Monthly Archives: July 2011

Unsure about ADKAR

Recently, the acronym ADKAR came up in some discussions at work around Organizational Change Management. Not knowing anything about ADKAR, I Googled it, and the first result is an overview page:

They list some examples of change management, both personal and professional. One personal example is a father trying to get his son to improve his batting – dad is convinced that his son is not as good at this as the other boys on his baseball team. So dad tries a bunch of things, and can’t get the son interested. The example continues:

The father’s attempt to educate his son failed and resulted only in a frustrated parent. He finally sat down with his son and asked him why he would not watch the tape and use it to improve his batting. His son replied that he just enjoyed playing baseball with his friends, and it did not matter to him if his batting was as good as some of the other boys.

At this point, it feels like that story is headed for some sort of heartwarming moment, where the dad hugs the son and just lets him play the game. Awwww.

Nope. The very next paragraph is:

In this example the father skipped elements of the ADKAR model (from awareness to knowledge). His son had no desire to change and was content just to be out there playing the game. Dad’s efforts to build knowledge failed because his son lacked the desire to change.

Now, I don’t know who wrote this, but that made it really easy for me to picture them as one of those parents that scream at their kids and the Little League coaches during the game, then try to beat up the umpires in the parking lot afterwards.

But wait, there’s more!

Eventually, they have you do an exercise. It begins like this:

Begin by identifying a change you are having difficulty making in another person (a friend, family member or work associate). Complete the worksheets to the best of your ability, rating each area on a scale of 0% to 100%.

Be sure you select a change you have been trying to make happen in a friend, colleague or family member that is not working regardless of your continued efforts. Answer and assign a score for the following questions.

How about identifying a change you are having difficulty making in someone else, then figuring out how you need to change instead?

So, as far as I can tell, ADKAR seems to be change management for manipulative jackasses. This may not be true, I don’t know, but that article was very off-putting for me. Count me out.

Oh, and if you’re still wondering, the acronym stands for “Awareness – Desire – Knowledge – Ability – Reinforcement”.

Three Words

The Brick Elephant ate the whole fig tree in one shot. (Yup, and then he started right in on another one!)

The Stainless Steel Elephant looked disdainful. There’s simply no justification for gluttony like that – it’s undignified. She sniffed over the sad state of youth today. (Maybe she is older than Brick, but he’s fully growed up. Snooty old hag!)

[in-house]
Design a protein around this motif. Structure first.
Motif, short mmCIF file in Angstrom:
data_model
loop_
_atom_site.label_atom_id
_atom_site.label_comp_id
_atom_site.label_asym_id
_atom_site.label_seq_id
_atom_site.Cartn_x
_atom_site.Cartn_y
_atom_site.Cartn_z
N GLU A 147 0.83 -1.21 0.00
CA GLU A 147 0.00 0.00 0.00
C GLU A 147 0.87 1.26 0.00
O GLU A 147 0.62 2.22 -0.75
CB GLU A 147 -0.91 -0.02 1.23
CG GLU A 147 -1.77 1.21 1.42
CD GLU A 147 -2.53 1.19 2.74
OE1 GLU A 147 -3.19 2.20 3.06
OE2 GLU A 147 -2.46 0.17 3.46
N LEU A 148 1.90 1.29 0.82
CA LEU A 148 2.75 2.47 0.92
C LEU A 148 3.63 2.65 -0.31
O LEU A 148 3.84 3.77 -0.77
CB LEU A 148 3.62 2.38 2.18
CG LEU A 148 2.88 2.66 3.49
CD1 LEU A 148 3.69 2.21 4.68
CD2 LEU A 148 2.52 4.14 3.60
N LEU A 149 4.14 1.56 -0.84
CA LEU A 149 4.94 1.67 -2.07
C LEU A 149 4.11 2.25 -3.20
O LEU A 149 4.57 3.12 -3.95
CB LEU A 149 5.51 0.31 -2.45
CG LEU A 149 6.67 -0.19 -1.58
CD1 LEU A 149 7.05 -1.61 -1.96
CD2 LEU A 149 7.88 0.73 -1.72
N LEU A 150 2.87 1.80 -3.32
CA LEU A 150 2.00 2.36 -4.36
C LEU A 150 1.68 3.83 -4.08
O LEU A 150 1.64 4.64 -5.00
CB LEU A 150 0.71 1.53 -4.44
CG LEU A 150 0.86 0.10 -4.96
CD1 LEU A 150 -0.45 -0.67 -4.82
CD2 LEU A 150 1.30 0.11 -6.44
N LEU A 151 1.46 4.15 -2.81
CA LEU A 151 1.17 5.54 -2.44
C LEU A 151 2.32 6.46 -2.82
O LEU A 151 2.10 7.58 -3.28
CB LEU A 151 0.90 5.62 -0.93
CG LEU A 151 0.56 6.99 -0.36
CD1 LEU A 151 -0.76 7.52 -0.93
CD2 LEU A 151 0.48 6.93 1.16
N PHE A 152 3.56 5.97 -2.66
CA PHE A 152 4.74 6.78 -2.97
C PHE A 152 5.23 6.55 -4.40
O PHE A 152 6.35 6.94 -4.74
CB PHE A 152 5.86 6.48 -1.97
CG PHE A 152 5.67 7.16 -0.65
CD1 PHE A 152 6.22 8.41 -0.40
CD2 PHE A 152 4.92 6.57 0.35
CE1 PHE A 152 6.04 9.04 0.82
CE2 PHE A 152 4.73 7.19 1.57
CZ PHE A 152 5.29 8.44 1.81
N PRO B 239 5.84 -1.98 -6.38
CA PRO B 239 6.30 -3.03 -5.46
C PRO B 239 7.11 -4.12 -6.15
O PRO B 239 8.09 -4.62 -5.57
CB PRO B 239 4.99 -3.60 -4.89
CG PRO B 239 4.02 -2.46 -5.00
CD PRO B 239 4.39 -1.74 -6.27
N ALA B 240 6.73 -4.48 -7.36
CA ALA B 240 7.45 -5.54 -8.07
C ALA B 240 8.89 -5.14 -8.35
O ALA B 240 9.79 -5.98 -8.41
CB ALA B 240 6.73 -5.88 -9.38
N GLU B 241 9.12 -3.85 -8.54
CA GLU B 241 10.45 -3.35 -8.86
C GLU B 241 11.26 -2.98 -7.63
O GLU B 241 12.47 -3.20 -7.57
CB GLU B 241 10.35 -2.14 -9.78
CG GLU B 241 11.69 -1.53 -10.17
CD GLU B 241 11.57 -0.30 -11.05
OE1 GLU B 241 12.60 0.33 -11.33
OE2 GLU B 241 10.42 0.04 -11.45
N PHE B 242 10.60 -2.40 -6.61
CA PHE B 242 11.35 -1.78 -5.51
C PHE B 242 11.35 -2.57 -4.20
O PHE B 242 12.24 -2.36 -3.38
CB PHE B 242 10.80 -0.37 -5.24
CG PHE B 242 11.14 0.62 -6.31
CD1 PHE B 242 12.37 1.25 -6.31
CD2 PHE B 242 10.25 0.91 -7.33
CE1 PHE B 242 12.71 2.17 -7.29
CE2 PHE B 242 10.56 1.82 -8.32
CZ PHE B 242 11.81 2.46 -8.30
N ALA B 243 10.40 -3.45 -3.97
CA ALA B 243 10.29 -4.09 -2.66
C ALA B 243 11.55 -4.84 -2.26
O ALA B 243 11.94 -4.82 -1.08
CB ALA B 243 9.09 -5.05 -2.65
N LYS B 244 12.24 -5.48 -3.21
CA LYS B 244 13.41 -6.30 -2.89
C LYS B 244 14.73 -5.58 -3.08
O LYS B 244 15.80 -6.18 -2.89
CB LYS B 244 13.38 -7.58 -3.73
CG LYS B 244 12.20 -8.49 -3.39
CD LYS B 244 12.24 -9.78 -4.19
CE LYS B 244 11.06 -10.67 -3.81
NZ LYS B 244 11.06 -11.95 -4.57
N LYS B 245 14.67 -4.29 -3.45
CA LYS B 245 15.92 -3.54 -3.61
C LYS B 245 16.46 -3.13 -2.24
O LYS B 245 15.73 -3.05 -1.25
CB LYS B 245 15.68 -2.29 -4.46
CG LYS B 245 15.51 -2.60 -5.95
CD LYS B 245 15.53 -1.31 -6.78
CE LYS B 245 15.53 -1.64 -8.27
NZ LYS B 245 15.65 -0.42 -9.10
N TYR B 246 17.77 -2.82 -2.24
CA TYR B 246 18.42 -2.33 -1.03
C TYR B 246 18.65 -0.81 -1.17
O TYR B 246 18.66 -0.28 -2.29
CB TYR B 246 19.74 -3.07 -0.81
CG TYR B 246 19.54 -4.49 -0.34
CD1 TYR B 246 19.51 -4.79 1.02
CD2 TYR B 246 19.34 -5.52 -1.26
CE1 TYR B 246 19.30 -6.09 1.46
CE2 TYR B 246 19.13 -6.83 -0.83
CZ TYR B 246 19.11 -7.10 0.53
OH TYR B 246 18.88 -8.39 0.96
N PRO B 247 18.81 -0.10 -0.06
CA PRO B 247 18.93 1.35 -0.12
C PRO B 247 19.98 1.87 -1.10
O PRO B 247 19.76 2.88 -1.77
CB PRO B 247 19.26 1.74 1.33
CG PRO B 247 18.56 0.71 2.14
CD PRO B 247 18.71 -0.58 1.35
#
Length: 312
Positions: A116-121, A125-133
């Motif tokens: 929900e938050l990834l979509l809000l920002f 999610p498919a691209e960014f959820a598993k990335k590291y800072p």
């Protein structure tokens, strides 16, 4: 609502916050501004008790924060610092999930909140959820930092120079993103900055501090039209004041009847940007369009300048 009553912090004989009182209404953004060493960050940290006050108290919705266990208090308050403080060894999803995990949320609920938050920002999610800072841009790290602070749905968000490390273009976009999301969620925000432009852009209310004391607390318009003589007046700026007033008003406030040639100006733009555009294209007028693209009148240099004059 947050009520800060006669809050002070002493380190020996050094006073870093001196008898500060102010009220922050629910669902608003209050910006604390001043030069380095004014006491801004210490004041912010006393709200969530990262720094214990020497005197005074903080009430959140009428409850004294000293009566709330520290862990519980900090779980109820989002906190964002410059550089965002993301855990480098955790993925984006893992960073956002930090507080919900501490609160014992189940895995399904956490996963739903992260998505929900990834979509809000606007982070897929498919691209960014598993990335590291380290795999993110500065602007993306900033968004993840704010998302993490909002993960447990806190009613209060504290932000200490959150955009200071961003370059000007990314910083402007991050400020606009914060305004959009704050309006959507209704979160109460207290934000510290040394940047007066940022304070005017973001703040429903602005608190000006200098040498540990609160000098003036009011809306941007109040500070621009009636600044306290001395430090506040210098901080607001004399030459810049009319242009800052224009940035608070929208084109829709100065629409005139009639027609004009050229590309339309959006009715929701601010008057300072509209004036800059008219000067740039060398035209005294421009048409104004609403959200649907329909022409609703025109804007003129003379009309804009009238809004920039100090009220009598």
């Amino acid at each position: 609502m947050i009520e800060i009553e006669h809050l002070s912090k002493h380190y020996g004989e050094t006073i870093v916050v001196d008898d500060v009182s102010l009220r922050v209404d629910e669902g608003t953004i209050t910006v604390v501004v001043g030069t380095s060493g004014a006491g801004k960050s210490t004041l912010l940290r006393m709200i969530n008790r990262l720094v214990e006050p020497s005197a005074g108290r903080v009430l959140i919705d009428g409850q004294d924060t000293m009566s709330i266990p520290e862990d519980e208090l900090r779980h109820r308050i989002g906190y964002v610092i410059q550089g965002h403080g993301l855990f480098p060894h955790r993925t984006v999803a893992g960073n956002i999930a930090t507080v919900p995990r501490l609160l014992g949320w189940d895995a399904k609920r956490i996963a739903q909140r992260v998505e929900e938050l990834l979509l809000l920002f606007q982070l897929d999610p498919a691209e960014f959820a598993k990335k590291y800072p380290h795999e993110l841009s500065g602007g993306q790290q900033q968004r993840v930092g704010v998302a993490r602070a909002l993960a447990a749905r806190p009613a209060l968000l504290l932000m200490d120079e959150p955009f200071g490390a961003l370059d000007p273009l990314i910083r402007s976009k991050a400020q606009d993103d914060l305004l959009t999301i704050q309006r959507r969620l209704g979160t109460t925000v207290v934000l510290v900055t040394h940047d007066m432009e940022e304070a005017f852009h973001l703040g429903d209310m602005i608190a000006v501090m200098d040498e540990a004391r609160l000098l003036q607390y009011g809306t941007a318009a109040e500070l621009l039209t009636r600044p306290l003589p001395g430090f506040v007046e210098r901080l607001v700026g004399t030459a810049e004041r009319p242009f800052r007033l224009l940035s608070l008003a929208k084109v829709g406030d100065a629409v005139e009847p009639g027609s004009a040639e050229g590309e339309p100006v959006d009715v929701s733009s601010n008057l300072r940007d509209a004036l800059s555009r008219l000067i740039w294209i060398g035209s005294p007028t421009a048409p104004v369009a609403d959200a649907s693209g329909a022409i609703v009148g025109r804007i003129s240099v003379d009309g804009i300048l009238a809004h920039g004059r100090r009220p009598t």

The Plastic Elephant looked impressed. He knew his limitations, and if he tried to eat a whole fig tree at once he’d just be sick. He probably wouldn’t be able to finish it, anyway. (That Brick, though, he doesn’t even think twice about it – there’s not much as slows him down!)

The Flesh-and-Blood Elephant looked determined. She was sweet on Brick, and found her own fig tree and set to, trying to impress her hero. (She kept glancing over at him – you could tell that hussy was hoping he’d notice her. As if!)

The Helium Elephant didn’t look like anything much at all, and floated off, unnoticed. (Good riddance to bad rubbish, I say. And don’t come back round here, neither!)

The Wooden Elephant looked shocked. Shocked! In conflicts between pachyderms and forest, she doesn’t know who to support. (”Can’t we all just get along?” No, we can’t, so shut up already!)

And, finally, the Force-Field Elephant looked thoughtful. He then transformed himself into a fig tree – not so much to change sides as to gain perspective. (He’d change back right quick if Brick headed his way, though – you can bet on that!)

The Brick Elephant, completely oblivious to all this fuss, finished his second fig tree and calmly moved on to the third. (That’s old Brick for you!)


It starts with a sound like steel shattering. Then the low roar of an earthquake, the kind where the ground rises up to slap you in the face.

The next thing you know, you’re engulfed in the chaotic center of Armageddon. Nothing about this is random or undisciplined – this ultimate fury is expressed with military precision. This is fury, yes, but fury practiced, directed, controlled, perfected.

When the screaming, long awaited, finally begins, the anticipation realized does not release your tension, it reignites it. Dreams, fears, expectations, nightmares: reformed, rebuilt, redirected. Remember what it means to fear darkness, beasts, strangers.

Remember your infant fear of loud noises, loud voices – turn, and the fear is gone – but the loud noises, loud voices remain.

These speak to you – the words may not matter, the way words in a dream may not matter. It’s the tone, the texture, the intention interacting with parts of your brain that don’t have language. The broadest emotions – love, hope, joy – all people know them, they can be expressed in any language.

But fear and hunger – all living things know what these are, with or without language.

So this moment touches a generality within you – beyond individual, tribe, nation, people, species, genus, family, order, class, phylum, kingdom, domain – it touches life.